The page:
Ottawa

Hydro One transmission towers hit with extensive damage in Ottawa

Hydro One says there are “completely devastated” areas around Ottawa including towers severely damaged near the Hunt Club exit to Highway 417.

'Completely devastated' areas include towers near Hunt Club exit of Hwy. 417

One of four damaged Hydro One transmission towers in the Ottawa area that needs to be repaired or replaced following a heavy weekend storm. (CBC)

Hydro One showed the damage to three of its transmission towers near Ottawa on Tuesday, saying it will take "several days" to fully restore power to customers.

The towers, near Hunt Club Road and Highway 417, were severely damaged by the storm system that struck large swaths of the province Saturday. Two were completely torn down and a third had pieces of it ripped off by heavy winds. All three were still out of operation on Tuesday. 

In the Ottawa area, there are four damaged transmission towers that need to be repaired or replaced following the storm, according to the company. In total, there are five transmission towers that move power from generators to the distribution systems feeding customers around the city, according to Hydro One. 

"From our crews and people who have been with our company for decades, they're saying this is one of the worst events they've had to deal with, both on the transmission side and … on the local distribution side,as well," said Jason Fitzsimmons, chief of corporate affairs for Hydro One.

 According to Fitzsimmons, the greater Ottawa region was one of the areas crews converged on after the storm.

He said some areas are "completely devastated" and described power poles looking as if they had been cut in half.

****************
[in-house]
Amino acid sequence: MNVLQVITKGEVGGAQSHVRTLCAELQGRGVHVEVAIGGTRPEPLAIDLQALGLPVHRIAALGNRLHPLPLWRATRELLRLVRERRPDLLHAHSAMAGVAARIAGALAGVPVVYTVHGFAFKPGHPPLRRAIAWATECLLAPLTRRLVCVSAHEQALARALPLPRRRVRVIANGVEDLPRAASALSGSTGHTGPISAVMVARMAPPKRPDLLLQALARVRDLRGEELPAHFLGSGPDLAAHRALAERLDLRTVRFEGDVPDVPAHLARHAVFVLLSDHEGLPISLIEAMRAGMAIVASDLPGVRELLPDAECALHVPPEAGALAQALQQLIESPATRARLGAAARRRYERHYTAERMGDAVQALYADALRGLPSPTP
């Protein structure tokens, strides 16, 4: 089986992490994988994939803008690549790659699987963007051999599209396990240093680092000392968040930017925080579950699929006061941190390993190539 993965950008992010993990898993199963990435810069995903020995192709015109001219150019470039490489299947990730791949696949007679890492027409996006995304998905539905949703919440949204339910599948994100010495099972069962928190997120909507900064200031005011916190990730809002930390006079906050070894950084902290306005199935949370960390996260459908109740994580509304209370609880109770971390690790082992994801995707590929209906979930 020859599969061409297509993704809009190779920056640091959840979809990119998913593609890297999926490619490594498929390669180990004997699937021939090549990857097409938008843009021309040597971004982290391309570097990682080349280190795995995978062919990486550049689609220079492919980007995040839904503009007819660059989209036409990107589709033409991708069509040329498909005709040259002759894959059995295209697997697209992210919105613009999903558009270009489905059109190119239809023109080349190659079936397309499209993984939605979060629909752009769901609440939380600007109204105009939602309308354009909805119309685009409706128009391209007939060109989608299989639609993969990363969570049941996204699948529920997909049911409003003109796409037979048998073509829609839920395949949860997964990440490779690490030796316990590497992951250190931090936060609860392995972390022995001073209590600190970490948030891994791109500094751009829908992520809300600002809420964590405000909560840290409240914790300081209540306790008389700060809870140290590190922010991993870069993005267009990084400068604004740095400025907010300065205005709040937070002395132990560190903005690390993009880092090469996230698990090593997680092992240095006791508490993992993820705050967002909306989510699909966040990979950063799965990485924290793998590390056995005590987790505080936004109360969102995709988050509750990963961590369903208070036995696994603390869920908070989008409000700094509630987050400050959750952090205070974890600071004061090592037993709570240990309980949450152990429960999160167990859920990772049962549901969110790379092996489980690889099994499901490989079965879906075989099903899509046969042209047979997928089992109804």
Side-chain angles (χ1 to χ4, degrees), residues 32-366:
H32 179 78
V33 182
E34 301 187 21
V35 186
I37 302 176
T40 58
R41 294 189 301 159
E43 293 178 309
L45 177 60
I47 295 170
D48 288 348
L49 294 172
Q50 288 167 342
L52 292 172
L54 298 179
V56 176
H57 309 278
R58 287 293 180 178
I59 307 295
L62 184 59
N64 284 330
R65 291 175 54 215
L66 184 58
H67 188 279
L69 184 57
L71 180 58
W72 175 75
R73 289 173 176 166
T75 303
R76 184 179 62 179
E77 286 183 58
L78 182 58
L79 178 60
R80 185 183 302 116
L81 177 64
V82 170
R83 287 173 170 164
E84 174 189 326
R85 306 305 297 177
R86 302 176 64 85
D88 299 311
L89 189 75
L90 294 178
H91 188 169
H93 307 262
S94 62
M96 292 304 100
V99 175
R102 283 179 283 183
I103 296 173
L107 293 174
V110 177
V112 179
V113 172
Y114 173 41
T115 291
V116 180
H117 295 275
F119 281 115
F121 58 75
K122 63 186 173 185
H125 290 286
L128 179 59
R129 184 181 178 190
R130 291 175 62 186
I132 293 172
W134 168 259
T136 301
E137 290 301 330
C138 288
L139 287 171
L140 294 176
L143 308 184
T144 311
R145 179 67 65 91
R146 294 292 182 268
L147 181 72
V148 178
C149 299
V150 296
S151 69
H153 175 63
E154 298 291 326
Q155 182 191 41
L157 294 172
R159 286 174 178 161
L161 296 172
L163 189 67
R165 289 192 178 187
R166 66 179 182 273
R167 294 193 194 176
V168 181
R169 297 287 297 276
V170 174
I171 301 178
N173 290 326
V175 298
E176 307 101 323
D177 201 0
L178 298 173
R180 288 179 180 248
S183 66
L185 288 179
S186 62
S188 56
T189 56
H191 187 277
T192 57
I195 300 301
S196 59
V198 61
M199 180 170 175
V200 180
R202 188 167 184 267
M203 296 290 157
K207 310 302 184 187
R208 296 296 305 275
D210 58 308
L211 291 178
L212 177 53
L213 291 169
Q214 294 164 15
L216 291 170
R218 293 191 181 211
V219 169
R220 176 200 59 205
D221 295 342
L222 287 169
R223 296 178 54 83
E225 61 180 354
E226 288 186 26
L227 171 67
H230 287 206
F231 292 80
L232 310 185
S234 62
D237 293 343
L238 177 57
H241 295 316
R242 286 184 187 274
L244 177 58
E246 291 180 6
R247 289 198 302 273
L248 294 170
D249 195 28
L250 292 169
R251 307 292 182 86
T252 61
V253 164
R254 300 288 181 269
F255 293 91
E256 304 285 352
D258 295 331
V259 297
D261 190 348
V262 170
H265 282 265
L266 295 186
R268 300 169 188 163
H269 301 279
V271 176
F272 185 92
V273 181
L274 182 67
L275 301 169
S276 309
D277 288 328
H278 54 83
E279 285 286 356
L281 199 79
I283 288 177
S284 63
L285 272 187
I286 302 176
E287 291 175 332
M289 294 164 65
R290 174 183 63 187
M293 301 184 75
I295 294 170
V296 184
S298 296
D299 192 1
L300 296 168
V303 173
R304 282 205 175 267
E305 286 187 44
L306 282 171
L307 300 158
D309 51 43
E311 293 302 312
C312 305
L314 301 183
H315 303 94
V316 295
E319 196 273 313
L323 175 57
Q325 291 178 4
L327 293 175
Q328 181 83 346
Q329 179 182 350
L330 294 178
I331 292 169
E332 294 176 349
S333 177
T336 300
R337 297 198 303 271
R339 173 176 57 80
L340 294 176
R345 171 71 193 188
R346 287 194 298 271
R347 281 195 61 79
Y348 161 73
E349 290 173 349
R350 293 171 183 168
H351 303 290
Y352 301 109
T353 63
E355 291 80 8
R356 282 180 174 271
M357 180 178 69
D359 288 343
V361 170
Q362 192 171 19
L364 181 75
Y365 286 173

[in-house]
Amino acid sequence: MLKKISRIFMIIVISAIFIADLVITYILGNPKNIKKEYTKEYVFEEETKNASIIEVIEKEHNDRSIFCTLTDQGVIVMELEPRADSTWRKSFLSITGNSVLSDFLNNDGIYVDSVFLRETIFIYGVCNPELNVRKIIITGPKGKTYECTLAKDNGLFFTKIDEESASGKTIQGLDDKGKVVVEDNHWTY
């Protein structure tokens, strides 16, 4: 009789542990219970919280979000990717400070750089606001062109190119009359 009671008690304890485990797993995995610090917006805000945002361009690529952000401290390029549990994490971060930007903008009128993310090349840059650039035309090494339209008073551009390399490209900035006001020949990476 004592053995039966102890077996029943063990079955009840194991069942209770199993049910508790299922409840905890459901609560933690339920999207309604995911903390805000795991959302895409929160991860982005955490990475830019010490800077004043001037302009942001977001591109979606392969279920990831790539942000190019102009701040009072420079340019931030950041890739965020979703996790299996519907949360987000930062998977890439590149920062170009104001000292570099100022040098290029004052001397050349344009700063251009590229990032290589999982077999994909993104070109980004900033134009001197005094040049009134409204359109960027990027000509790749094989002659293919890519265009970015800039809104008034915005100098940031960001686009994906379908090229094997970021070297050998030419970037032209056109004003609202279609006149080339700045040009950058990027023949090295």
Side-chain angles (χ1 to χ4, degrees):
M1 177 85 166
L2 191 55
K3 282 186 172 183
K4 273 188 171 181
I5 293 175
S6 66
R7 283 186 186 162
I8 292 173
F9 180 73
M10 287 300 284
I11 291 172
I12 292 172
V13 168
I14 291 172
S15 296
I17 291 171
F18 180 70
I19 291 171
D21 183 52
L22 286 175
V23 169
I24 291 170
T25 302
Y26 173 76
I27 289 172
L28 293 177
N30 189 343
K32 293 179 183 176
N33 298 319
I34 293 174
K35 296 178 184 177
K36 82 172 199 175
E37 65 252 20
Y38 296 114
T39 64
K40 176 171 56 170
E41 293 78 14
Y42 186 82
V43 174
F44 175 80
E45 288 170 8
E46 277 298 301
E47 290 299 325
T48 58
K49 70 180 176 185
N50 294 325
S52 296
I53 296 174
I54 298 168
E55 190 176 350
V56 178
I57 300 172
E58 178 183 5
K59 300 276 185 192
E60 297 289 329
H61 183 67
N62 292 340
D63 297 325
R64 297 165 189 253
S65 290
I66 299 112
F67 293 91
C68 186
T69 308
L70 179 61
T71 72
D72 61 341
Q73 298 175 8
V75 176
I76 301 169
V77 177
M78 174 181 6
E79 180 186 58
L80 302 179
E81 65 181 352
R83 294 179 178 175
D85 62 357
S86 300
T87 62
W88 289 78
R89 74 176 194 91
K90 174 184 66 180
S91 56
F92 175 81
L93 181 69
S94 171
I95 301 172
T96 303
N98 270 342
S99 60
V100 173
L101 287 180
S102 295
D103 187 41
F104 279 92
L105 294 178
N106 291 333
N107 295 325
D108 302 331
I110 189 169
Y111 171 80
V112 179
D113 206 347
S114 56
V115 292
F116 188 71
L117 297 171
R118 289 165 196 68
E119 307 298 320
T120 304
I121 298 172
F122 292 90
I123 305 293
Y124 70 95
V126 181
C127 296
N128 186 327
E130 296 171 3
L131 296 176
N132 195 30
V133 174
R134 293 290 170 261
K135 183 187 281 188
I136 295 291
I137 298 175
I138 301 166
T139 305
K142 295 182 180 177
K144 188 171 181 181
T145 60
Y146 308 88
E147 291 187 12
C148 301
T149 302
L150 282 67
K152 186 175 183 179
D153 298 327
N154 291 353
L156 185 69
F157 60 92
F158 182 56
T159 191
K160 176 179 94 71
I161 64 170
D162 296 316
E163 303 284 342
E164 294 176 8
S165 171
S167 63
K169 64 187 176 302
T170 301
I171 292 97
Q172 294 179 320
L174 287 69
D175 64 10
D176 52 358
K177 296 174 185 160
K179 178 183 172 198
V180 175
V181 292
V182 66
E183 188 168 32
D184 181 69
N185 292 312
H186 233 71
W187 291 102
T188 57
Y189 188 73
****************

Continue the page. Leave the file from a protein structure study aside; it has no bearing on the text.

Around 27,000 Hydro One customers in the greater Ottawa area are dealing with "pretty extensive damage," he added.

"We anticipate it's going to be several days before we get everyone back up and running," Fitzsimmons said. 

It's expected more regional-specific updates will become available at some point Tuesday. 

WATCH | Days until Hydro One customers get power back:

Still ‘several days’ before power restored for some Hydro One customers

3 months ago
Duration 0:48
Jason Fitzimmons, chief corporate affairs and customer care officer for Hydro One, says the extent of the damage and the complexity of the repairs will leave some customers without power for several days to come.

Damage 'more complex' than previous weather events

Damage from Saturday's storm was different than the ice storm and tornadoes that have previously struck the region, Fitzsimmons said.

"It's a combination of the severity, the locations across the province, and then just the time that it's going to take to rebuild, bearing in mind the safety of the public and our employees as well," he said. 

Crews from around the province and elsewhere, including the United States, have been brought in to assist in the repair.

Matt Martin, a senior foreperson with Hydro One working to repair the towers, said the crews "found their breaking point" and are working as quick as possible while still maintaining a safe work environment. 

"It's definitely been challenging. We work long hours when we get the call for storm restoration. We are normally at home with our families," he said.

"A lot of people have to pack up and head for work. At that time, we start 16-hour shifts."

Fitzsimmons said Hydro One continually makes investments to deal with "the reality of greater impact from storm activity resulting from climate change," as much of the Hydro One system operating around Ottawa was built in the 1950s.

"That's everything from taller poles, putting equipment in doors as opposed to being outdoors in some of our stations, and really taking advantage of new technologies as they become available," he said of the updates.

Heavy machinery is being used to remove debris from certain sites, including at the transmission towers.

Ottawa residents survey storm's damage to homes and streets

3 months ago
Duration 2:56
Residents and crews in the Ottawa-Gatineau region worked to clean up the damage from Saturday's devastating wind storm, as city officials warned Tuesday the effort is expected to take weeks.

With files from Krystalle Ramlakhan

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